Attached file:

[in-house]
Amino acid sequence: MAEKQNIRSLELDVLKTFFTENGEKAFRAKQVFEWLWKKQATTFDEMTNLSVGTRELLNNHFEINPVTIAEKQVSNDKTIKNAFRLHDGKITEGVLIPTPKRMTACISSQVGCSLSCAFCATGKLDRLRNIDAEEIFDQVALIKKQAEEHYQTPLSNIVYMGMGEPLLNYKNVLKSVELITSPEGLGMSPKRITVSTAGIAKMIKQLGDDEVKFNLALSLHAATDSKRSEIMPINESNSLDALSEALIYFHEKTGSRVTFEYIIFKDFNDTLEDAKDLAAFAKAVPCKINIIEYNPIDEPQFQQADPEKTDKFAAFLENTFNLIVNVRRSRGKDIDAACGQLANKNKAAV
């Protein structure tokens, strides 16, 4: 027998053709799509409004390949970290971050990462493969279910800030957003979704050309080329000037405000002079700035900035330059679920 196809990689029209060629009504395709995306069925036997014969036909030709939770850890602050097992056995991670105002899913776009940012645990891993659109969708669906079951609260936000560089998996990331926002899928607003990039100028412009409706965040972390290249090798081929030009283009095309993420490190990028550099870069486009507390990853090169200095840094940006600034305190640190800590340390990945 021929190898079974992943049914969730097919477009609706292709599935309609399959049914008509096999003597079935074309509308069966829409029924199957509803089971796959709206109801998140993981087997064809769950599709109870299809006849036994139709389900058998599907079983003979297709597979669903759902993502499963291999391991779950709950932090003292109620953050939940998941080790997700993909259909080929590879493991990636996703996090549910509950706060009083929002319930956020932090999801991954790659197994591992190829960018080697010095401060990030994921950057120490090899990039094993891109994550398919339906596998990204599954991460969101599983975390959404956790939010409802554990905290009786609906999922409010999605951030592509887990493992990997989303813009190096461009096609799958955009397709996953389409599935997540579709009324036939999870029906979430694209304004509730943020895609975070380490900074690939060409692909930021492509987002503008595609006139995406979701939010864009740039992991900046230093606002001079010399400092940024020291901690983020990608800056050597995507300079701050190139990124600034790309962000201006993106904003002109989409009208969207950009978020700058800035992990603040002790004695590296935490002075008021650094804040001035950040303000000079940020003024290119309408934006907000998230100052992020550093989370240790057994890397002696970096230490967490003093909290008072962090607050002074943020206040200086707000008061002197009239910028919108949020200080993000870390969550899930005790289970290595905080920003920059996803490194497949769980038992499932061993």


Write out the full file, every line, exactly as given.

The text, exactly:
[in-house]
Amino acid sequence: MAEKQNIRSLELDVLKTFFTENGEKAFRAKQVFEWLWKKQATTFDEMTNLSVGTRELLNNHFEINPVTIAEKQVSNDKTIKNAFRLHDGKITEGVLIPTPKRMTACISSQVGCSLSCAFCATGKLDRLRNIDAEEIFDQVALIKKQAEEHYQTPLSNIVYMGMGEPLLNYKNVLKSVELITSPEGLGMSPKRITVSTAGIAKMIKQLGDDEVKFNLALSLHAATDSKRSEIMPINESNSLDALSEALIYFHEKTGSRVTFEYIIFKDFNDTLEDAKDLAAFAKAVPCKINIIEYNPIDEPQFQQADPEKTDKFAAFLENTFNLIVNVRRSRGKDIDAACGQLANKNKAAV
């Protein structure tokens, strides 16, 4: 027998053709799509409004390949970290971050990462493969279910800030957003979704050309080329000037405000002079700035900035330059679920 196809990689029209060629009504395709995306069925036997014969036909030709939770850890602050097992056995991670105002899913776009940012645990891993659109969708669906079951609260936000560089998996990331926002899928607003990039100028412009409706965040972390290249090798081929030009283009095309993420490190990028550099870069486009507390990853090169200095840094940006600034305190640190800590340390990945 021929190898079974992943049914969730097919477009609706292709599935309609399959049914008509096999003597079935074309509308069966829409029924199957509803089971796959709206109801998140993981087997064809769950599709109870299809006849036994139709389900058998599907079983003979297709597979669903759902993502499963291999391991779950709950932090003292109620953050939940998941080790997700993909259909080929590879493991990636996703996090549910509950706060009083929002319930956020932090999801991954790659197994591992190829960018080697010095401060990030994921950057120490090899990039094993891109994550398919339906596998990204599954991460969101599983975390959404956790939010409802554990905290009786609906999922409010999605951030592509887990493992990997989303813009190096461009096609799958955009397709996953389409599935997540579709009324036939999870029906979430694209304004509730943020895609975070380490900074690939060409692909930021492509987002503008595609006139995406979701939010864009740039992991900046230093606002001079010399400092940024020291901690983020990608800056050597995507300079701050190139990124600034790309962000201006993106904003002109989409009208969207950009978020700058800035992990603040002790004695590296935490002075008021650094804040001035950040303000000079940020003024290119309408934006907000998230100052992020550093989370240790057994890397002696970096230490967490003093909290008072962090607050002074943020206040200086707000008061002197009239910028919108949020200080993000870390969550899930005790289970290595905080920003920059996803490194497949769980038992499932061993």